“The smaller sizes may help get us all back on a diet (yeah, right!) I actually appreciate not having to buy huge things just because the rest of America thinks they need to super-size it. I don’t want to be super-sized!”


Trust busters

Doing business as usual means acknowledging and flagging positives and burying negatives in the hopes that few consumers will notice. That doesn’t make sense when so many besieged consumers are feeling that the cost of everything is going up.

“The price of gas and the rising cost of food and non-food have put us in a very hard situation. We just do not have that much money coming in.”

“Gasoline prices are constraining all our purchasing.”

Some believe that everyone is out to fool them. One asks: “How can the price of gas raise the price of little cans of cat food?”.


The adorable little girl who seemed to be singing her heart out at the Beijing Olympics fooled millions of people around the world. Today’s packagers shouldn’t forget that they too live in fish bowls, where blogs damage reputations. Even consumers whose everyday lives haven’t changed say they have begun to “stop and think before they buy” and “teach our kids to stop and think before they spend.”  They have been selling houses and stocks at a loss, going from two-car to one-car families, forsaking stay-at-home mom status to return to work part time or take second or third jobs, struggling to pay increasing housing fees and college tuitions, combining trips to save gas and cutting back wherever they can.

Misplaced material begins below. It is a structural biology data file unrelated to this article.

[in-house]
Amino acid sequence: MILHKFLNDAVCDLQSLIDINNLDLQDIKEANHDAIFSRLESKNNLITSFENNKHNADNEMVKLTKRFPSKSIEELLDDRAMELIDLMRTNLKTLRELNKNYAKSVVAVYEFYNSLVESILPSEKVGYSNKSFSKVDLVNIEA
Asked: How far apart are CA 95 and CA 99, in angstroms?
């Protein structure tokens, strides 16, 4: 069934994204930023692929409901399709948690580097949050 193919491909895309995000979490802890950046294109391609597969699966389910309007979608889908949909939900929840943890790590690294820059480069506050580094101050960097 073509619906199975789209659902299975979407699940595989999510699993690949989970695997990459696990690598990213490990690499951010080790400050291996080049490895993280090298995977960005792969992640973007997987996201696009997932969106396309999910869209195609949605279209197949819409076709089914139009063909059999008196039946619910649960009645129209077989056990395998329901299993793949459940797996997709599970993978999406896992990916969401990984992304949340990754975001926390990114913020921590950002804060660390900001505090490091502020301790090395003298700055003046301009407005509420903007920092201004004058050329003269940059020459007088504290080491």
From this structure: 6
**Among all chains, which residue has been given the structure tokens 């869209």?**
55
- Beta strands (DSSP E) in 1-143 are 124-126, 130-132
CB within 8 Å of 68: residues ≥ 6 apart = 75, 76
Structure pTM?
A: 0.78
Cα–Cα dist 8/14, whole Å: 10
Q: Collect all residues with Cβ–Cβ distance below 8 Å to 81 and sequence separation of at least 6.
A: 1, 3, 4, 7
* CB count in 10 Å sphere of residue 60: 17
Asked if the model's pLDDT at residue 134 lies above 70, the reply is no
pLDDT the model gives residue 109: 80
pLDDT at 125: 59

Groping for who and what is trustworthy is more important in today’s marketplace than it has been in years. Many of today’s consumers are more likely to check freshness dates than unit prices-they have gotten out of the habit of using unit pricing unless they are specifically interested in comparing the price per ounce or quart of two competing products. That means that discovering that the package has been downsized is likely to be done at home, when the package doesn’t last as long or serve as many as they expected. In-use discovery is a real trust buster, and consumers have lost trust in brands or companies that make them feel duped or stupid.